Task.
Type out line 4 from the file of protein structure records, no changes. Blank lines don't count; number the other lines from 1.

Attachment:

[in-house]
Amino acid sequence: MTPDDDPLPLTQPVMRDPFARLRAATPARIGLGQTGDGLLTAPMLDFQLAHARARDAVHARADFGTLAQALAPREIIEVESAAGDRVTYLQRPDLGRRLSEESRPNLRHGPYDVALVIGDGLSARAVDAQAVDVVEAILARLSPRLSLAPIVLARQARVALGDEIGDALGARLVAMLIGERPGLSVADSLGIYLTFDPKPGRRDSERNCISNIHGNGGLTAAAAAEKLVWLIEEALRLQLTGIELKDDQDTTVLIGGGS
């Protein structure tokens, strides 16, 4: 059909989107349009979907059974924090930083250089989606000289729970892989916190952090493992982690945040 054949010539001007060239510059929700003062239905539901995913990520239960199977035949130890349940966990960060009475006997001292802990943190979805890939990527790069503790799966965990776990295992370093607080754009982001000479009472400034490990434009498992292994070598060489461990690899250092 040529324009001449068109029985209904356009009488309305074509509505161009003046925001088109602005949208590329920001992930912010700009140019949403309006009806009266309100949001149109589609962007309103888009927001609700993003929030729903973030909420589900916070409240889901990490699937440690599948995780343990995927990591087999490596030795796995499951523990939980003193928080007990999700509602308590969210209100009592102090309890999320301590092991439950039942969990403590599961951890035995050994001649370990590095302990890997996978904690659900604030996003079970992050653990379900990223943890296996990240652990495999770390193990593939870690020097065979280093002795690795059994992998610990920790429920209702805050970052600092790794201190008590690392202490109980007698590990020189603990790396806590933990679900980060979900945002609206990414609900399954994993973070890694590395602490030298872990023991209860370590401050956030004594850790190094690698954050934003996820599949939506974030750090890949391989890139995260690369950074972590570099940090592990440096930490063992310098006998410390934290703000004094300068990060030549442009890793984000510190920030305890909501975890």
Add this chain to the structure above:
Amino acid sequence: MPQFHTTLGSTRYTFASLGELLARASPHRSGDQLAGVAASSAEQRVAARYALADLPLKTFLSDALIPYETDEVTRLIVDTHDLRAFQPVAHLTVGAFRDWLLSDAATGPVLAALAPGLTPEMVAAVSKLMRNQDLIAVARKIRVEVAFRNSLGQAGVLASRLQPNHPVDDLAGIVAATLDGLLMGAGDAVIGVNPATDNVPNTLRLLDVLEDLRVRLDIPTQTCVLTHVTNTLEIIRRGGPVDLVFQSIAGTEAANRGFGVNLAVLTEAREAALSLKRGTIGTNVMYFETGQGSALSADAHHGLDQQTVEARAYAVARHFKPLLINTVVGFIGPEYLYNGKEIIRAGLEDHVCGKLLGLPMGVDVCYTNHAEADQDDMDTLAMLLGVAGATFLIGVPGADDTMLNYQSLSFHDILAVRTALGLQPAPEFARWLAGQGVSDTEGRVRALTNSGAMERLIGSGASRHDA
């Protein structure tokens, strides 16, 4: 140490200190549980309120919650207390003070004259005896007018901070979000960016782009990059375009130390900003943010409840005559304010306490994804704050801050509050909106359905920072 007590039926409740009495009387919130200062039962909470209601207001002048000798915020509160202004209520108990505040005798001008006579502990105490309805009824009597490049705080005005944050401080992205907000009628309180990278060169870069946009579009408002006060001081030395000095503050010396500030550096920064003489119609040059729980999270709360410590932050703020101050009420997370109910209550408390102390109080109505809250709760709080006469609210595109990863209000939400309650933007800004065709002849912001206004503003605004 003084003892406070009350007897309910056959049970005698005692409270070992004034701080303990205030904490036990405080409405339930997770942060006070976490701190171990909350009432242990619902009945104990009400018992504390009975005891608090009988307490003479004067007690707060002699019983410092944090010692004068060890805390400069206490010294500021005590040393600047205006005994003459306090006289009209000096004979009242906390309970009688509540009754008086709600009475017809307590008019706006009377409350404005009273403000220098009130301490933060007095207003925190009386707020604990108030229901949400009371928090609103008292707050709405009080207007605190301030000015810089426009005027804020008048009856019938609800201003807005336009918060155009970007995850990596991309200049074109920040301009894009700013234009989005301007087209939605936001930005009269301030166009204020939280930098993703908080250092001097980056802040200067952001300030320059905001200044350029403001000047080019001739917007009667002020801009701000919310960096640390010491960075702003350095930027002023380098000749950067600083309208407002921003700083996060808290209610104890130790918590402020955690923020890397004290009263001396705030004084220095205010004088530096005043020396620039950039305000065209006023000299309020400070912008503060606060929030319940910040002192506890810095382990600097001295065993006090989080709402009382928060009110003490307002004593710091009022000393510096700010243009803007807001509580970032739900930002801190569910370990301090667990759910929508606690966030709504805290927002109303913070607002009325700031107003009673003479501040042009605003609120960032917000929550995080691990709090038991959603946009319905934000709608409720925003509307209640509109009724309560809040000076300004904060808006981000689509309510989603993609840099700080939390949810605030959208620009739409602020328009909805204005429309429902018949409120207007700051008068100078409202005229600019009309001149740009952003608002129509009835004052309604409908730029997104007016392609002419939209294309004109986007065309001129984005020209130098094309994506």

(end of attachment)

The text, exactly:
Add this chain to the structure above: